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Reviewed by Lorelai Rivers for Readers' Favorite
A Nashville Woman and Other Sorrows: Music City Poems contains a set list of poems that at first are about a woman, but end up being about Nashville itself -- not the glitzy Hollywood version, but the real, soul-crushing toil of the Music City. Not so much dark as filled with melancholy, these poems ring true, as though author Dan Jewel has first-hand experience with the hope and heartbreak of being a working, or non-working, musician/songwriter. Like a country song, each poem tells a story or exposes the inside of a moment in life. This is poetry, but accessible. An excerpt from "The Academic Poet" explains it best:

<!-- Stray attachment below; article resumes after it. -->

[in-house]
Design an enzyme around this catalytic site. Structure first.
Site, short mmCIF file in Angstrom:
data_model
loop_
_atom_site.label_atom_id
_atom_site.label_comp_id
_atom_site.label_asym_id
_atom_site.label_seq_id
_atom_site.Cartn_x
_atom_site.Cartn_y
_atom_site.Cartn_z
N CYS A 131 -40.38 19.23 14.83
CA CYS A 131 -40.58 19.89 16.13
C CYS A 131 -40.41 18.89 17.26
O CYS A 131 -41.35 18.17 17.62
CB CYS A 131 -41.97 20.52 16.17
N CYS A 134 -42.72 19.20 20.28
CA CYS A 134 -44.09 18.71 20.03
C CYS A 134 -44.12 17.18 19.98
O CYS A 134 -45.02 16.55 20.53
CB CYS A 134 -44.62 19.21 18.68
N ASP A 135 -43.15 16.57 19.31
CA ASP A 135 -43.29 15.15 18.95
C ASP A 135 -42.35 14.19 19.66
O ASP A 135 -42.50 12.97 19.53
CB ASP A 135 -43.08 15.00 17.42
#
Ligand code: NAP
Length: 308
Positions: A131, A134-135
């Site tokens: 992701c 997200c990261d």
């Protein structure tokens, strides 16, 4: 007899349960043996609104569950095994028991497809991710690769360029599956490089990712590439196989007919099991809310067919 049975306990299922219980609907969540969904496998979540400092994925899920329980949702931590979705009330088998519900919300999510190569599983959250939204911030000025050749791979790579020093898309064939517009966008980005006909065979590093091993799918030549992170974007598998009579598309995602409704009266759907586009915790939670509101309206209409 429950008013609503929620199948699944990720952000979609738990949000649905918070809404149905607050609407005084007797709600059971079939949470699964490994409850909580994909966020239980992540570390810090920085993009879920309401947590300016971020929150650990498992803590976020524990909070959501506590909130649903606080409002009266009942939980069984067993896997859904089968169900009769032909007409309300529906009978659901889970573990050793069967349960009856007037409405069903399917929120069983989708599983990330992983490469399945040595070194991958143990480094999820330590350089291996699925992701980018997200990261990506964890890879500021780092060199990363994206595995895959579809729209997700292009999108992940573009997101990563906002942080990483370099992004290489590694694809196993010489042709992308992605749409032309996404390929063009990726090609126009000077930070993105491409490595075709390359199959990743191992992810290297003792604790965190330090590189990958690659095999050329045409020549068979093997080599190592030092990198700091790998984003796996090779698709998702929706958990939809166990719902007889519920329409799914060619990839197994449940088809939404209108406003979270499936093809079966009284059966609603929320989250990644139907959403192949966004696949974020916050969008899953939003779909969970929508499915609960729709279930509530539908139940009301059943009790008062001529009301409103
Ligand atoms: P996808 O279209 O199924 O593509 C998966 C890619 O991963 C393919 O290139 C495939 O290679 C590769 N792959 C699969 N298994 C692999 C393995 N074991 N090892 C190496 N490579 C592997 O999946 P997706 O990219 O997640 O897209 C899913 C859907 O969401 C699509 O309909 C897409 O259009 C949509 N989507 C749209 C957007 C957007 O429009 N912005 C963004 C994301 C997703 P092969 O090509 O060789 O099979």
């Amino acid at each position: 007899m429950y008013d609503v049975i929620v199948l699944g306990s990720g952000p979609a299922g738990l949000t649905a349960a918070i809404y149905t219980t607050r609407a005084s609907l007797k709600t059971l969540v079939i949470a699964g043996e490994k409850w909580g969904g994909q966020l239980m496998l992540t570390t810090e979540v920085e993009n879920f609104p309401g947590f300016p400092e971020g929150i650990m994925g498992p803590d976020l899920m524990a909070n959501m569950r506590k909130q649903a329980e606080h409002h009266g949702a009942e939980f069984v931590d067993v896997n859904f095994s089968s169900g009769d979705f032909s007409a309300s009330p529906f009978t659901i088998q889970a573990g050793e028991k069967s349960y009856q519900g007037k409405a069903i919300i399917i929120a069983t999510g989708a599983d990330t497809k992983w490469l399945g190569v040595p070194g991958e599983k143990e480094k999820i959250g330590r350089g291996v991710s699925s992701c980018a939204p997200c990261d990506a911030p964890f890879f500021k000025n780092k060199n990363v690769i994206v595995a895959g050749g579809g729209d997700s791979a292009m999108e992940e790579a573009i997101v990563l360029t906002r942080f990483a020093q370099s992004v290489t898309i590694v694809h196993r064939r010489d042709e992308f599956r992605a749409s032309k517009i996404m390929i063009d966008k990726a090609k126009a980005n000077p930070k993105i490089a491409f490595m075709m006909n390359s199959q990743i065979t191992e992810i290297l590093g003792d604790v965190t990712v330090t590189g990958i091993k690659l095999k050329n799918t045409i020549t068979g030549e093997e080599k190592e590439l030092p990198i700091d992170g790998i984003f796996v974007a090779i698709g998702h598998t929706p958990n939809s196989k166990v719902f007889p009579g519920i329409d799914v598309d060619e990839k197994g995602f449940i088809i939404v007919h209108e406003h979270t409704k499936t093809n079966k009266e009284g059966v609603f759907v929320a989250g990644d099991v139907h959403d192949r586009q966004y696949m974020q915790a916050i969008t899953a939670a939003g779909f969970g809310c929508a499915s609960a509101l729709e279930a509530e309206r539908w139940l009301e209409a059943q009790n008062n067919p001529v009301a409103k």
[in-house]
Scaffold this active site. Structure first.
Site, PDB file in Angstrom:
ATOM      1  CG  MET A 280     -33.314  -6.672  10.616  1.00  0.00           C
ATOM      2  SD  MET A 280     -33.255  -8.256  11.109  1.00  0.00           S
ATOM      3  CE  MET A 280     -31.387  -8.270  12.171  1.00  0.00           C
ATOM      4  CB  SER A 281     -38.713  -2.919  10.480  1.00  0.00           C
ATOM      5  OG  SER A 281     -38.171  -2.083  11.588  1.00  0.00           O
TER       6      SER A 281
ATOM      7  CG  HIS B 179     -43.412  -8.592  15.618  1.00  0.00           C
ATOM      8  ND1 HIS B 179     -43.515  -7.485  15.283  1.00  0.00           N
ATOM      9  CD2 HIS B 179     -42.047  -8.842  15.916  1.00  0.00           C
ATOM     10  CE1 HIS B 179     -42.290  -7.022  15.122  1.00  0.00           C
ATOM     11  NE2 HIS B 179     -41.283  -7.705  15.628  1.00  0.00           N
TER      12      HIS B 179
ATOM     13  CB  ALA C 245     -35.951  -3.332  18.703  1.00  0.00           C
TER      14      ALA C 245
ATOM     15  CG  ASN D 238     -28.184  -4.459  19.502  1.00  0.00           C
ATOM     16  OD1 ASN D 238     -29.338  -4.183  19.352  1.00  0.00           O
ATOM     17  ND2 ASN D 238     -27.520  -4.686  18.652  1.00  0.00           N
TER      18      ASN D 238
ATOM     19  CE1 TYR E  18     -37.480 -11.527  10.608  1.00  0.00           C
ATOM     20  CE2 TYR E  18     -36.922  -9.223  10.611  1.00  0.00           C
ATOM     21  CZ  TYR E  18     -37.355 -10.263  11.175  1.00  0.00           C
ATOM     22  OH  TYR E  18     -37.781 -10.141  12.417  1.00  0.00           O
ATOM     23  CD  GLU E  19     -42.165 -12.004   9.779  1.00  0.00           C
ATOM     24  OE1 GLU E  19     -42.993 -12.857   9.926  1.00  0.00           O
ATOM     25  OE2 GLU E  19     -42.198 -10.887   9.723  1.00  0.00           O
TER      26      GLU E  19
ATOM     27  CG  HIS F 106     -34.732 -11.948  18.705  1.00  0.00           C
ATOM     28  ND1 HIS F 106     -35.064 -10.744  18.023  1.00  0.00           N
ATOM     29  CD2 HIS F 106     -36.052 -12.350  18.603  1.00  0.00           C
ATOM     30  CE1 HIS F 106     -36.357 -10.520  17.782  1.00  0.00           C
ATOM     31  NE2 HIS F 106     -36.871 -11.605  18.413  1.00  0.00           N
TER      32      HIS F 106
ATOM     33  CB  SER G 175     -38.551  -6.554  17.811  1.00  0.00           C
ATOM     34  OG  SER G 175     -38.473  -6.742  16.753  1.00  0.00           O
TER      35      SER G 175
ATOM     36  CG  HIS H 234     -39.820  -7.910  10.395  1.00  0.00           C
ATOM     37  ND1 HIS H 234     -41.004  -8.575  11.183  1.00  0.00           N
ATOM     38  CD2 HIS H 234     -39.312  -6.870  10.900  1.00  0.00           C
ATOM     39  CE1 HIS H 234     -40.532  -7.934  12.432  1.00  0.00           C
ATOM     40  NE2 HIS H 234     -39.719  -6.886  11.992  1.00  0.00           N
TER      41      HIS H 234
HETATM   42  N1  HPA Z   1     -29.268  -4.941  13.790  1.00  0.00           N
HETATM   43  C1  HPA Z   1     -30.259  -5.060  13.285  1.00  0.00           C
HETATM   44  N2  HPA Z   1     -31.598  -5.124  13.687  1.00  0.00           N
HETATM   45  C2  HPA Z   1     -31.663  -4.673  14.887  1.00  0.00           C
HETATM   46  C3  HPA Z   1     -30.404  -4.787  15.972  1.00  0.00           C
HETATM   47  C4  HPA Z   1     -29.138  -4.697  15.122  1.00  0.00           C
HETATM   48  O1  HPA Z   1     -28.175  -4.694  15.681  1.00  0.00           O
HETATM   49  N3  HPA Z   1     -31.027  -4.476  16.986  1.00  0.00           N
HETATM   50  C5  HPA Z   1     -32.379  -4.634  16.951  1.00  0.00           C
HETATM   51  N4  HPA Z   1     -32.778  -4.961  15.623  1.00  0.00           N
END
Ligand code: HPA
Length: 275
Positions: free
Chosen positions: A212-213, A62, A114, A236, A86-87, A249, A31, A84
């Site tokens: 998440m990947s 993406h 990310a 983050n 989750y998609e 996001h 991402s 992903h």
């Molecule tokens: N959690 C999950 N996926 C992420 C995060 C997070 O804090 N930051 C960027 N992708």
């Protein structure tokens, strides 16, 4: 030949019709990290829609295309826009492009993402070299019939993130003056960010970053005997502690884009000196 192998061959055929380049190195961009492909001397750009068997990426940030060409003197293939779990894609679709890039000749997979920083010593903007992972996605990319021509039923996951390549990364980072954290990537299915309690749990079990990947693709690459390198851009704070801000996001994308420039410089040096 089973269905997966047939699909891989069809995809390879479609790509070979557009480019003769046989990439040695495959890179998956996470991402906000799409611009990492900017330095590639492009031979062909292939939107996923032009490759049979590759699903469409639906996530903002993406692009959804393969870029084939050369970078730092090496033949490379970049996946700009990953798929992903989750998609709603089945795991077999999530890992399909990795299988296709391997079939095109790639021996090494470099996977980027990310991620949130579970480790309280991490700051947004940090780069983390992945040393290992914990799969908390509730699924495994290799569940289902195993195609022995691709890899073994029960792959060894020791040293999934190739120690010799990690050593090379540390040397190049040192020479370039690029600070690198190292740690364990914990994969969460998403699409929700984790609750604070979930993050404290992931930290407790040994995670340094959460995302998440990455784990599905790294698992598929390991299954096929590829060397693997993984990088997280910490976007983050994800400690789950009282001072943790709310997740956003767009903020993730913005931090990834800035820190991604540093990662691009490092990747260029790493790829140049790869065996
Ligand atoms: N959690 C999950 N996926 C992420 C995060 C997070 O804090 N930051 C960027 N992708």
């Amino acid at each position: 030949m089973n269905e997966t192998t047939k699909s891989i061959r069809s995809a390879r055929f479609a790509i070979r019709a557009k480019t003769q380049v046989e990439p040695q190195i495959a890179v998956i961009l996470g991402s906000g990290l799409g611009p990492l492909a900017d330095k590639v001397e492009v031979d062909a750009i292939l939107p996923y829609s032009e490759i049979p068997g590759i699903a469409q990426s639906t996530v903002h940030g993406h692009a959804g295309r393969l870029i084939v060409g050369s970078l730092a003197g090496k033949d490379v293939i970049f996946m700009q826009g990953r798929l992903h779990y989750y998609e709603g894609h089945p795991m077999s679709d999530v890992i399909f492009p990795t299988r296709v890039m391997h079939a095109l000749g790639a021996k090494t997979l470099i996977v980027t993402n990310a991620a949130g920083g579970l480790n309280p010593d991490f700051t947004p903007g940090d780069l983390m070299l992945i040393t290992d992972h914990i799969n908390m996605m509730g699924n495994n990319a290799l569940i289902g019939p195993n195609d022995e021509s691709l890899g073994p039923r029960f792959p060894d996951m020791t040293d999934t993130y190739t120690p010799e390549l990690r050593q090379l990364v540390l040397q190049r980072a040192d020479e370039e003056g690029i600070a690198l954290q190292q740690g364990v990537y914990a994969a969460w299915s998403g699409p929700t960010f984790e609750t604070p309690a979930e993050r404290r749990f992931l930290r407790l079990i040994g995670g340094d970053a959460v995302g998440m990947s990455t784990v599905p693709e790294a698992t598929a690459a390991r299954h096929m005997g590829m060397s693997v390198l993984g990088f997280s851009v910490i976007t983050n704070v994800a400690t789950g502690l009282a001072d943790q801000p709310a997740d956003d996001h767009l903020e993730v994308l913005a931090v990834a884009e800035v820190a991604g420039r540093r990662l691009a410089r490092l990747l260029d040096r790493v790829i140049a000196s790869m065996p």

"But I damn sure won't be using shells of obscurity,
Or rhetorical ambiguity,
Or any other elitist hermetic techniques
To alienate any reader who would pay me the honor
Of reading what I write.
Poetry is a lot less than that,
And much more."
I read these poems straight through like a novel, and then read my favorites again. In just a few lines or a phrase, each entry in A Nashville Woman and Other Sorrows: Music City Poems made me feel a part of the moment and full of yearning. These snippets of life, feelings, moments, scenes, and snapshots read to me like an epic song put together with the best book openings and chapter closings from every great novel never yet written. Dan Jewel's poems are arguably sad, each in some way dealing with being worn down and burned out from striving, never quite fulfilled. But they are also solid and purposeful, with an underlying point that the people who experience burn-out are the ones who were first on fire.